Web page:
The guys in White Reaper don't fool around. They blast through the 11 songs on their debut album White Reaper Does It Again like they're late for the next gig, bashing and crashing happily with big dumb smiles on their faces. The same big old smiles those lucky enough to add the album to their libraries will have plastered on their mugs too. And really, if you love punky bubblegum or bubblegummy punk, you should own the record, no excuses. Or if you like Jay Reatard or Ty Segall or any of their ilk. Basically, if you want your rock & roll served up hot and loose with giant hooks, lighthearted swagger, and just the right amount of noisy clatter, this is the album for you. Since their excellent self-titled EP in 2014, White Reaper added a keyboardist, Ryan Hater, and his organ adds some new dimension to their sound, but really the thrill here is the rip-roaring guitar-bass-drums full-on attack and Tony Esposito's throat-shreddingly expressive vocals. He shouts, hollers, and croons like a hopped-up version of a '50s rockabilly cat with just the right amount of punk snarl. He and the band not only sound right on the up-uptempo rockers that make up the bulk of the record, they nail the slower songs too. Tracks like the tightly wound, slowly creeping "Pills" and chunkily melodic "Sheila" show some nice balance and provide some quick breathers between the paint-peeling rockers. Even the jacked-up tracks bring some nice diversity and some clear highlights, like the jaunty "Candy" that bops along like a lost Exploding Hearts song, the careening "Last 4th of July" that blasts like a stray firework and, well, everything else. It's all a highlight with White Reaper and their album is all thriller, zero filler. It's guaranteed to hit you right in the right spot, getting your feet moving and your head gleefully bobbing along like mad. More than almost any other rock & roll band in 2015, these guys truly get what it's all about and they aren't shy about sharing it as loudly and ecstatically as possible. © Tim Sendra /TiVo
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Alternative & Indie - Released June 20, 2014 | Polyvinyl Records

The debut EP by the Kentucky trio White Reaper is a bracing blast of garage punk bubblegum that hits the sweet spot between grungy garage rock guitar noise and handclapping pop, and ends up sounding like Nobunny on steroids or a more together version of most of the bands on Burger Records. It kicks off with "Cool," an impossibly catchy, midtempo, perfect-world hit single that's the kind of song you want to replay four or five times before moving on to the next. Skipping ahead is a good idea, because the rest of the too-brief EP is almost as good, if a little more raucous and unhinged-sounding. On the far side of the noise/pop equation from "Cool," the fuzz-powered "Conspirator" sounds like a teenage punk take on Mudhoney as they pummel their instruments Tony Esposito's vocal breathlessly yelps out the chorus. Throughout the record, the lads balance energy and melody like plate spinners, keeping everything aloft and rotating like mad. It's an impressive debut that has at least two songs most garage punkers would give their favorite, tattered denim jacket to have in their repertoire. Hopefully, they won't lose the white-hot spark that fuels them on future records, but even if they do they'll be able to look back on this EP in their golden years and know that once upon a time, they really and truly rocked. © Tim Sendra /TiVo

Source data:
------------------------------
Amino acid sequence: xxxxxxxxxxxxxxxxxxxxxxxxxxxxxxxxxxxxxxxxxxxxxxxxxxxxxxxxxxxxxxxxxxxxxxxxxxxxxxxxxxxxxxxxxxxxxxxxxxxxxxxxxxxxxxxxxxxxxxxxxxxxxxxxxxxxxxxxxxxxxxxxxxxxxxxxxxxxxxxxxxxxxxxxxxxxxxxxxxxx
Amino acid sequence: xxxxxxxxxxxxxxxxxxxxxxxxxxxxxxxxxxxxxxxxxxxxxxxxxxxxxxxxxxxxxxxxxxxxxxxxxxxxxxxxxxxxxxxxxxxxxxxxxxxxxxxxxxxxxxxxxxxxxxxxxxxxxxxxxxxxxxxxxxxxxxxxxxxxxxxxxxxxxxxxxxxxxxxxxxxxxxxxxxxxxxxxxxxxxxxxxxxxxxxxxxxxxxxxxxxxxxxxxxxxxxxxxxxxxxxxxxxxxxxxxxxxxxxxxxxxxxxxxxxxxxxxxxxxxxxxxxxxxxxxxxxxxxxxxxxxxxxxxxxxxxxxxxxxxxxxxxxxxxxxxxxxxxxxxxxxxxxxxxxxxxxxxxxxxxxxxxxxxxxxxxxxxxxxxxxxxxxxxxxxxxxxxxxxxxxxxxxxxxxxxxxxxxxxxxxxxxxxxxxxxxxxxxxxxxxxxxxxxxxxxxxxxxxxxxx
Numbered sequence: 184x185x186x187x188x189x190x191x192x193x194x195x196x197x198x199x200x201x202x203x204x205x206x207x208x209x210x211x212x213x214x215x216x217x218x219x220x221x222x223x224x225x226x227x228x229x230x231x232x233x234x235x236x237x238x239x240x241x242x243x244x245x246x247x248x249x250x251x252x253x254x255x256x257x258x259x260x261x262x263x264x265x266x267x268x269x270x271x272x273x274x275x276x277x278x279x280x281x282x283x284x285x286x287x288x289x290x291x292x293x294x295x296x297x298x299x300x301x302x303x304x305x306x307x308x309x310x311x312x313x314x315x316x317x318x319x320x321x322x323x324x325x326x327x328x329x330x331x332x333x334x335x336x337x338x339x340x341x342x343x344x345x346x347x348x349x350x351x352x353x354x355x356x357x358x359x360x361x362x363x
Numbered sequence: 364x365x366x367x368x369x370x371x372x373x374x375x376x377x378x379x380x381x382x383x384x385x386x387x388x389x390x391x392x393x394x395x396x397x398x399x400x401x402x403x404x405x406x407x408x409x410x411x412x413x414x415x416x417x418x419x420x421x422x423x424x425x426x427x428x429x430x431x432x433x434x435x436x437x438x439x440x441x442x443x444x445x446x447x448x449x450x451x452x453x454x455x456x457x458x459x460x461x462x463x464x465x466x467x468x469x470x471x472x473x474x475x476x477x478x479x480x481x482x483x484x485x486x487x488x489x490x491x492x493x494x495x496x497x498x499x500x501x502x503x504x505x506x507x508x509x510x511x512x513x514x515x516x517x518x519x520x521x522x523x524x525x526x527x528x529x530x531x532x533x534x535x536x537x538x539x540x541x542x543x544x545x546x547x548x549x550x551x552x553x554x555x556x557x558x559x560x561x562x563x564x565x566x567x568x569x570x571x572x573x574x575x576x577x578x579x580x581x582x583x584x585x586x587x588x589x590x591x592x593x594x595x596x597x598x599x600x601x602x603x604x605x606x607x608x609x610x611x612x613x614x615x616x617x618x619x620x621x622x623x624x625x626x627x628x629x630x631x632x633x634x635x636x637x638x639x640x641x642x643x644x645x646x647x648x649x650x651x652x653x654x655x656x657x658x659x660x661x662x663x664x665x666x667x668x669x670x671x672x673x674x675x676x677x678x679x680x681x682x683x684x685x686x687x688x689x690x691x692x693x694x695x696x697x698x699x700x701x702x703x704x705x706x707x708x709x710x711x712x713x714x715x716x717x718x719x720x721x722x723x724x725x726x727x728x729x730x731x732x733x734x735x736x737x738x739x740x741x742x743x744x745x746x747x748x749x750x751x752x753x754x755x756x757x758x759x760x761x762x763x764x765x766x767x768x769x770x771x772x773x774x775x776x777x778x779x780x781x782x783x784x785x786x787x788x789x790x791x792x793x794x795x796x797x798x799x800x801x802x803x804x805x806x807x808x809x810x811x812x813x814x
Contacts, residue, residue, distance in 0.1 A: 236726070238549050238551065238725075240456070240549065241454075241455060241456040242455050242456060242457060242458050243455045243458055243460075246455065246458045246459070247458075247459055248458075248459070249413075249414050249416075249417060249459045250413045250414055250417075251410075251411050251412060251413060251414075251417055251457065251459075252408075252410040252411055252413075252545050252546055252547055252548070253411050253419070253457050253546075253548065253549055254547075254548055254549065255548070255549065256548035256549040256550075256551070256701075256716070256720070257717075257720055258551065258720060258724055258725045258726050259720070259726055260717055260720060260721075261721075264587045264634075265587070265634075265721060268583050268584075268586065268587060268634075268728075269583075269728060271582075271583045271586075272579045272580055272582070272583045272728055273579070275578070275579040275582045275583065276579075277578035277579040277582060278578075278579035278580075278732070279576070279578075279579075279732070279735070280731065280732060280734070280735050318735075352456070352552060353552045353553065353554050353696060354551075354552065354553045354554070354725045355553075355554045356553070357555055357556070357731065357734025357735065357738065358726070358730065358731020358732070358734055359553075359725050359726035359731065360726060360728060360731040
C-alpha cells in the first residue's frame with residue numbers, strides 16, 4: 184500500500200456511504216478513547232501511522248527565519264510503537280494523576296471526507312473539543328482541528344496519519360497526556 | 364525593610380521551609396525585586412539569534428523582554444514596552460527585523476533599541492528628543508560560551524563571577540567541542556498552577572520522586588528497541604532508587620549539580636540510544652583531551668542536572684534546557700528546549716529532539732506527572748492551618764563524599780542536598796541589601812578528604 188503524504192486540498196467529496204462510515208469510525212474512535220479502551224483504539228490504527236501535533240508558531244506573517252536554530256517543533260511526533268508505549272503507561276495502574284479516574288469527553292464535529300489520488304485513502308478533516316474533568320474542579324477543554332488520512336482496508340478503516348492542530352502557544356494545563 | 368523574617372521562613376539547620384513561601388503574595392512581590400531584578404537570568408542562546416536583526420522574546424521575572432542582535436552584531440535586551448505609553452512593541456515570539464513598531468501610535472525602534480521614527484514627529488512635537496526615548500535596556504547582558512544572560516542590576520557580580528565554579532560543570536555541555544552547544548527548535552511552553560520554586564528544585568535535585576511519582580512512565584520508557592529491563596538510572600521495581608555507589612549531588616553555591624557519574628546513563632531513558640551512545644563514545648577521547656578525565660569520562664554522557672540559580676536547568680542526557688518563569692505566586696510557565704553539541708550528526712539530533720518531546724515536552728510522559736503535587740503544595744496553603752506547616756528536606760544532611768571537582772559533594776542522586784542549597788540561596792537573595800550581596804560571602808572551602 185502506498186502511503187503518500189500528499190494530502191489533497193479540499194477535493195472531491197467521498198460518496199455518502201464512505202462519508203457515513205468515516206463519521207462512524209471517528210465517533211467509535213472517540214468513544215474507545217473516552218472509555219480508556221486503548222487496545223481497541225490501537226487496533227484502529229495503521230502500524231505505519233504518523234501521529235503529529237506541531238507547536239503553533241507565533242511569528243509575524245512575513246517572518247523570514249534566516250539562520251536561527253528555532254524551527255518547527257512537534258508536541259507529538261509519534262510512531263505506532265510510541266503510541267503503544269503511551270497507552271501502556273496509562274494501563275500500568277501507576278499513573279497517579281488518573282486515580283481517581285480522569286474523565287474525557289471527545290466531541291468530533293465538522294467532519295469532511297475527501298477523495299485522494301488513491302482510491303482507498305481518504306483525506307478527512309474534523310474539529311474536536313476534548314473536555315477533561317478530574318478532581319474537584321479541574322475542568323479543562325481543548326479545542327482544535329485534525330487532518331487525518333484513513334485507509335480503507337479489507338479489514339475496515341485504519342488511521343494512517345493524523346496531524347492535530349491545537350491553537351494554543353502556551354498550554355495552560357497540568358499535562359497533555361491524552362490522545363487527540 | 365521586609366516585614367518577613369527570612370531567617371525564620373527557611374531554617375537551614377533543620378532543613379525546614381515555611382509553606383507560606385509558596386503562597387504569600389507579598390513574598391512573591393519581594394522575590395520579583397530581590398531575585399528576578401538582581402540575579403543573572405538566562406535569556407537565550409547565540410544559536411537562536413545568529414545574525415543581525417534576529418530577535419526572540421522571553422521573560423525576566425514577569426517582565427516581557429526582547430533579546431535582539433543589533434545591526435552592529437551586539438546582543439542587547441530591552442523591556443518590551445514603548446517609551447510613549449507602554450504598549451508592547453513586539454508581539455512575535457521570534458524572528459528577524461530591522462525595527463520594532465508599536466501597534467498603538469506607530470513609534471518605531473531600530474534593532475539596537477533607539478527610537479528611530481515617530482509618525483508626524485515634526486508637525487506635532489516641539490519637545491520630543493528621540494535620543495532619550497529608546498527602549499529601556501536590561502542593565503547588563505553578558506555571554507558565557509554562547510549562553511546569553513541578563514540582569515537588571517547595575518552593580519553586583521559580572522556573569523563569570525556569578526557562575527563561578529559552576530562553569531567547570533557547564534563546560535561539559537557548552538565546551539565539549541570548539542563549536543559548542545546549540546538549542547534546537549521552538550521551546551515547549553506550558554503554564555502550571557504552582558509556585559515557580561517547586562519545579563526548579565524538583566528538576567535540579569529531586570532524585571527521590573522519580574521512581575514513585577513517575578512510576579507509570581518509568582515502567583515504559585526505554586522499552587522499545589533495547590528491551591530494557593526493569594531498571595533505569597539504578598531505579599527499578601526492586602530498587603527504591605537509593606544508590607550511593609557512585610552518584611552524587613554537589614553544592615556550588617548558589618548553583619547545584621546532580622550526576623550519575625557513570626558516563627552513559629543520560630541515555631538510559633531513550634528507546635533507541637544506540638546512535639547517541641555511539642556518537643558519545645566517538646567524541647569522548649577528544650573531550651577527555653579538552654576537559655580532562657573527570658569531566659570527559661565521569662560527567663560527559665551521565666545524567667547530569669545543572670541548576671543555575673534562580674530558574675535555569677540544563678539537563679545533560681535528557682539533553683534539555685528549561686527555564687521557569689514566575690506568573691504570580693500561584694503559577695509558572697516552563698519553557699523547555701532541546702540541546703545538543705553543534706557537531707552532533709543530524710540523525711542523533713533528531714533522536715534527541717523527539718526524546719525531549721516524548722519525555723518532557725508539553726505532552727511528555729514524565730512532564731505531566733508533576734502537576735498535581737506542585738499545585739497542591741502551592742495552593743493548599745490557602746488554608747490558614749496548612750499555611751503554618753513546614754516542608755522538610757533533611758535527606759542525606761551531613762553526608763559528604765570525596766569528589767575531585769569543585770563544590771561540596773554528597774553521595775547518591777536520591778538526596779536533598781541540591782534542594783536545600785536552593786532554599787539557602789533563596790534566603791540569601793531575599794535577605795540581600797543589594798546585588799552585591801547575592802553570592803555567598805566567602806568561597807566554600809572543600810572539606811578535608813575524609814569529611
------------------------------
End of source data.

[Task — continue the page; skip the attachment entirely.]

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Alternative & Indie - Released August 19, 2020 | Elektra (NEK)

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Alternative & Indie - Released August 5, 2020 | Elektra (NEK)

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Rock - Released April 1, 2017 | Audiotree Music

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Alternative & Indie - Released August 27, 2019 | Elektra (NEK)

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Alternative & Indie - Released July 17, 2020 | Elektra (NEK)

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Alternative & Indie - Released September 18, 2020 | Elektra (NEK)

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Alternative & Indie - Released July 24, 2019 | Elektra (NEK)

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Alternative & Indie - Released June 22, 2015 | Polyvinyl Records

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Alternative & Indie - Released June 1, 2015 | Polyvinyl Records

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Alternative & Indie - Released May 11, 2015 | Polyvinyl Records

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Alternative & Indie - Released April 8, 2015 | Polyvinyl Records

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Rock - Released June 28, 2017 | Audiotree Music